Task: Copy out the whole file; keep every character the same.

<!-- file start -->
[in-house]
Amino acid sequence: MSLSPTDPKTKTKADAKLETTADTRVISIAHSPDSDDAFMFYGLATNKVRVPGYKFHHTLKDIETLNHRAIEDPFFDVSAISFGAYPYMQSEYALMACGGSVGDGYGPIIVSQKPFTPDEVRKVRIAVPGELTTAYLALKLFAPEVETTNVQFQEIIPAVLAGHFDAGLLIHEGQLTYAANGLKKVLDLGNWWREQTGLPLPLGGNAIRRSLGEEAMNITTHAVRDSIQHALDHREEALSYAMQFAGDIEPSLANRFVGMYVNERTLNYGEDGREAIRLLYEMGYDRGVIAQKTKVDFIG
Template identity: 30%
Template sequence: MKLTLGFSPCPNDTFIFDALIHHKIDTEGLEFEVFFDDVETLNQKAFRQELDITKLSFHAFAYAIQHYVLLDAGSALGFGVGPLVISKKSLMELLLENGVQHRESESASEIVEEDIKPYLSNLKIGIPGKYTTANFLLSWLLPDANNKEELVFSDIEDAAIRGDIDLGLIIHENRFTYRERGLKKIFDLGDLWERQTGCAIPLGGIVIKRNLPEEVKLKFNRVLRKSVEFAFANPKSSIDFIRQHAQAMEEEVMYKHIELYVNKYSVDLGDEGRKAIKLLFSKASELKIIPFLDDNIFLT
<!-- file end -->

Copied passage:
[in-house]
Amino acid sequence: MSLSPTDPKTKTKADAKLETTADTRVISIAHSPDSDDAFMFYGLATNKVRVPGYKFHHTLKDIETLNHRAIEDPFFDVSAISFGAYPYMQSEYALMACGGSVGDGYGPIIVSQKPFTPDEVRKVRIAVPGELTTAYLALKLFAPEVETTNVQFQEIIPAVLAGHFDAGLLIHEGQLTYAANGLKKVLDLGNWWREQTGLPLPLGGNAIRRSLGEEAMNITTHAVRDSIQHALDHREEALSYAMQFAGDIEPSLANRFVGMYVNERTLNYGEDGREAIRLLYEMGYDRGVIAQKTKVDFIG
Template identity: 30%
Template sequence: MKLTLGFSPCPNDTFIFDALIHHKIDTEGLEFEVFFDDVETLNQKAFRQELDITKLSFHAFAYAIQHYVLLDAGSALGFGVGPLVISKKSLMELLLENGVQHRESESASEIVEEDIKPYLSNLKIGIPGKYTTANFLLSWLLPDANNKEELVFSDIEDAAIRGDIDLGLIIHENRFTYRERGLKKIFDLGDLWERQTGCAIPLGGIVIKRNLPEEVKLKFNRVLRKSVEFAFANPKSSIDFIRQHAQAMEEEVMYKHIELYVNKYSVDLGDEGRKAIKLLFSKASELKIIPFLDDNIFLT